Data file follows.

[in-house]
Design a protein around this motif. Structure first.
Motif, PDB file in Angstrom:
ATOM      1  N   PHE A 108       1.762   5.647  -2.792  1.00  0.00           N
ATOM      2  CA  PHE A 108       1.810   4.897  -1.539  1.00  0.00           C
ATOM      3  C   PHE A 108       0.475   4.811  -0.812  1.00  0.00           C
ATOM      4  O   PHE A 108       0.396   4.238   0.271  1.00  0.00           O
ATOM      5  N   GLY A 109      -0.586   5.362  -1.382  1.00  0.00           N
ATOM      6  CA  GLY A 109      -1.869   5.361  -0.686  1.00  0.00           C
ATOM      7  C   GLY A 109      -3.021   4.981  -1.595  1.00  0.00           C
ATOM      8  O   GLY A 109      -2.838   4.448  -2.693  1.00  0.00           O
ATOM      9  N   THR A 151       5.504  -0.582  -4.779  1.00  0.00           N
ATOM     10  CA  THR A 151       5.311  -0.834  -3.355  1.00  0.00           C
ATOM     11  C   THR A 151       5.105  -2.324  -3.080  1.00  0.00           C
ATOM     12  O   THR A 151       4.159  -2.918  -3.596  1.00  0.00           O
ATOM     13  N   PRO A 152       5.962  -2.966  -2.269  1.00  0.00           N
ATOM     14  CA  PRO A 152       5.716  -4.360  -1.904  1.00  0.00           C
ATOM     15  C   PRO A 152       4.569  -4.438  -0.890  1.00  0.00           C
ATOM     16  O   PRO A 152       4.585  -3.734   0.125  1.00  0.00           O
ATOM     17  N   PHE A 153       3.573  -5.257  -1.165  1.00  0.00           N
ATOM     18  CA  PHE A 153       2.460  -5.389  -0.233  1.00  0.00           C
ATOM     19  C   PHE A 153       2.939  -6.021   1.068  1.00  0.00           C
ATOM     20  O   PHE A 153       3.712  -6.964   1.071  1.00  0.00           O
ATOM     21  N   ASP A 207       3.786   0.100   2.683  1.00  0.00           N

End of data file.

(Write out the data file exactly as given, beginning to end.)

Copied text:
[in-house]
Design a protein around this motif. Structure first.
Motif, PDB file in Angstrom:
ATOM      1  N   PHE A 108       1.762   5.647  -2.792  1.00  0.00           N
ATOM      2  CA  PHE A 108       1.810   4.897  -1.539  1.00  0.00           C
ATOM      3  C   PHE A 108       0.475   4.811  -0.812  1.00  0.00           C
ATOM      4  O   PHE A 108       0.396   4.238   0.271  1.00  0.00           O
ATOM      5  N   GLY A 109      -0.586   5.362  -1.382  1.00  0.00           N
ATOM      6  CA  GLY A 109      -1.869   5.361  -0.686  1.00  0.00           C
ATOM      7  C   GLY A 109      -3.021   4.981  -1.595  1.00  0.00           C
ATOM      8  O   GLY A 109      -2.838   4.448  -2.693  1.00  0.00           O
ATOM      9  N   THR A 151       5.504  -0.582  -4.779  1.00  0.00           N
ATOM     10  CA  THR A 151       5.311  -0.834  -3.355  1.00  0.00           C
ATOM     11  C   THR A 151       5.105  -2.324  -3.080  1.00  0.00           C
ATOM     12  O   THR A 151       4.159  -2.918  -3.596  1.00  0.00           O
ATOM     13  N   PRO A 152       5.962  -2.966  -2.269  1.00  0.00           N
ATOM     14  CA  PRO A 152       5.716  -4.360  -1.904  1.00  0.00           C
ATOM     15  C   PRO A 152       4.569  -4.438  -0.890  1.00  0.00           C
ATOM     16  O   PRO A 152       4.585  -3.734   0.125  1.00  0.00           O
ATOM     17  N   PHE A 153       3.573  -5.257  -1.165  1.00  0.00           N
ATOM     18  CA  PHE A 153       2.460  -5.389  -0.233  1.00  0.00           C
ATOM     19  C   PHE A 153       2.939  -6.021   1.068  1.00  0.00           C
ATOM     20  O   PHE A 153       3.712  -6.964   1.071  1.00  0.00           O
ATOM     21  N   ASP A 207       3.786   0.100   2.683  1.00  0.00           N